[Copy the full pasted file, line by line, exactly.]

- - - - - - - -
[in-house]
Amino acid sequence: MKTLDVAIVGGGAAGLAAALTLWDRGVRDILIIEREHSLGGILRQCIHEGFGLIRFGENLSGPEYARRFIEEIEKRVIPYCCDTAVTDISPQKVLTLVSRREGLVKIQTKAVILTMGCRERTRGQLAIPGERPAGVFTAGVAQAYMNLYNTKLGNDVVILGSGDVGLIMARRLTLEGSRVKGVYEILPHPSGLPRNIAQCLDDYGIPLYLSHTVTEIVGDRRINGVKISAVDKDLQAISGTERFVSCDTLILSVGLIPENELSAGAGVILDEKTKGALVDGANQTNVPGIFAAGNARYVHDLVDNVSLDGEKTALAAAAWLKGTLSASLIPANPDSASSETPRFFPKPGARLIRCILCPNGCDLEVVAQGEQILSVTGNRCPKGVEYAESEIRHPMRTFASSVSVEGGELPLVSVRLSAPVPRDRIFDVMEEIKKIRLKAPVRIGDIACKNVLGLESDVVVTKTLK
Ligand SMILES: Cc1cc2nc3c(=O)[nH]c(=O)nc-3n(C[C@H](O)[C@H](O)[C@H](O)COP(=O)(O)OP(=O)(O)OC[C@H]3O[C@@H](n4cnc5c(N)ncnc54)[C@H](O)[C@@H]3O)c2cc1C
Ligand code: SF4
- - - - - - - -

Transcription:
[in-house]
Amino acid sequence: MKTLDVAIVGGGAAGLAAALTLWDRGVRDILIIEREHSLGGILRQCIHEGFGLIRFGENLSGPEYARRFIEEIEKRVIPYCCDTAVTDISPQKVLTLVSRREGLVKIQTKAVILTMGCRERTRGQLAIPGERPAGVFTAGVAQAYMNLYNTKLGNDVVILGSGDVGLIMARRLTLEGSRVKGVYEILPHPSGLPRNIAQCLDDYGIPLYLSHTVTEIVGDRRINGVKISAVDKDLQAISGTERFVSCDTLILSVGLIPENELSAGAGVILDEKTKGALVDGANQTNVPGIFAAGNARYVHDLVDNVSLDGEKTALAAAAWLKGTLSASLIPANPDSASSETPRFFPKPGARLIRCILCPNGCDLEVVAQGEQILSVTGNRCPKGVEYAESEIRHPMRTFASSVSVEGGELPLVSVRLSAPVPRDRIFDVMEEIKKIRLKAPVRIGDIACKNVLGLESDVVVTKTLK
Ligand SMILES: Cc1cc2nc3c(=O)[nH]c(=O)nc-3n(C[C@H](O)[C@H](O)[C@H](O)COP(=O)(O)OP(=O)(O)OC[C@H]3O[C@@H](n4cnc5c(N)ncnc54)[C@H](O)[C@@H]3O)c2cc1C
Ligand code: SF4